Looking for an affordable gaming laptop? The Gigabyte P2742G-CF1 ($1,499.00 list) might fit the bill. In a category where prices regularly register in the thousands, it’s nice to see a gaming rig that costs less than a used car. While the performance isn’t quite as stunning as you’ll find in other gaming laptops, the Gigabyte P2742G-CF1 does offer a longer lasting battery than more expensive competitors.
As with most gaming laptops, Gigabyte didn’t make this rig with portability in mind. When closed, it measures 1.92 by 16.3 by 10.9 inches (HWD)—roughly the same size as the Asus G75VW-DH72, and too big to fit into a standard laptop bag. The P2742G-CF1 also has a plastic chassis, but it’s no lightweight, tipping the scales at just over 7 pounds (7.05), though it is lighter than the Asus G75VW-DH72 (8.7 pounds). Our review unit is all black—what Gigabyte confusingly calls “svelte black,” though the laptop is by no means slim—but it’s also available with an orange lid.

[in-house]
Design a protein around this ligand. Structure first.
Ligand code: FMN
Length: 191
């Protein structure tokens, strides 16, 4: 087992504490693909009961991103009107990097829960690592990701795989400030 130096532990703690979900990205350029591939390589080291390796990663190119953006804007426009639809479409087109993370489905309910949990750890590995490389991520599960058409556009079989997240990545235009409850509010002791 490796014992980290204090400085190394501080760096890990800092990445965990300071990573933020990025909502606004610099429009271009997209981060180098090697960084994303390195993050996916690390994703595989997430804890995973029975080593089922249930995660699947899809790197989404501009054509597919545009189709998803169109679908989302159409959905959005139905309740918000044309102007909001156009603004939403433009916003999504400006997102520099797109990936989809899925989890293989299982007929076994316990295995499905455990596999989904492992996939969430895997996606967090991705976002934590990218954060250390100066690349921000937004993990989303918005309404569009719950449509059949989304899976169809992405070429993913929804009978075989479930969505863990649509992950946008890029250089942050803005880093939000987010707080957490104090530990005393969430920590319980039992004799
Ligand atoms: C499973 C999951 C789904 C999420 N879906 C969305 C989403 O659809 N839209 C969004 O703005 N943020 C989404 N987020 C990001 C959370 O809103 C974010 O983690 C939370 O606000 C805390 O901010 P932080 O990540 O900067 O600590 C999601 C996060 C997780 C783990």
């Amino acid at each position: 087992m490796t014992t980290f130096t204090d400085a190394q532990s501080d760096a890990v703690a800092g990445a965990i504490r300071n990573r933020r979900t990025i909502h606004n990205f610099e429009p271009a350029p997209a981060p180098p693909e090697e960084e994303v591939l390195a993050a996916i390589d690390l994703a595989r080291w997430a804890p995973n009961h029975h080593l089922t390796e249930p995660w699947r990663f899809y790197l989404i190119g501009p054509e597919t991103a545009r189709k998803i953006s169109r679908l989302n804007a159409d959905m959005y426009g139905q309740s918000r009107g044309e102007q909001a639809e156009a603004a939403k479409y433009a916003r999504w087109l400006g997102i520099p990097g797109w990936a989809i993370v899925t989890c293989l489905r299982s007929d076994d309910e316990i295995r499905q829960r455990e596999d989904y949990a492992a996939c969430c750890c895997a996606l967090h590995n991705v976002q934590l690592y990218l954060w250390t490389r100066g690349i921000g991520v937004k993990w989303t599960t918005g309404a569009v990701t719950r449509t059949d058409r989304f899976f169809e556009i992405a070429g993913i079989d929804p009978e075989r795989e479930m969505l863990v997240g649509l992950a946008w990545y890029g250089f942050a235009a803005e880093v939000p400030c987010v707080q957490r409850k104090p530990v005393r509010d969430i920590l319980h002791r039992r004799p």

The full-size keyboard has the expected chiclet keys, with decent separation between individual keys, but no backlight and no real gap between the keyboard proper and the 10-key numeric pad. As a result, inattentive touch typists might find themselves drifting into the numeric pad with no discernible extra space to distinguish the two bodies of keys. The touchpad is decent sized—1.8 by 3.6 inches—but I did find myself wishing that it used separate right and left mouse buttons instead of a combined button bar.
The 17.3-inch display offers 1,920-by-1,080 resolution, with a matte coating to reduce glare. The resolution and color quality of the display is quite nice, and during benchmark tests and game testing I never saw any blurring or smearing. You may want to use two hands when opening and closing the lid, however, because the plastic lid and bezel flex quite a bit and the hinges are a little stiff.
A pair of two-watt speakers positioned above the keyboard provide decent sound, enhanced by THX TruStudio Pro. They won’t equal a dedicated sound system, but they offer good volume and clear sound, with moderate bass. When tested with Silent Shout, by The Knife, the speakers offer richer low end than I had expected, but still can’t top the integrated subwoofers found in the Asus G75VW-DH72 or the Maingear Nomad 17 Ultimate.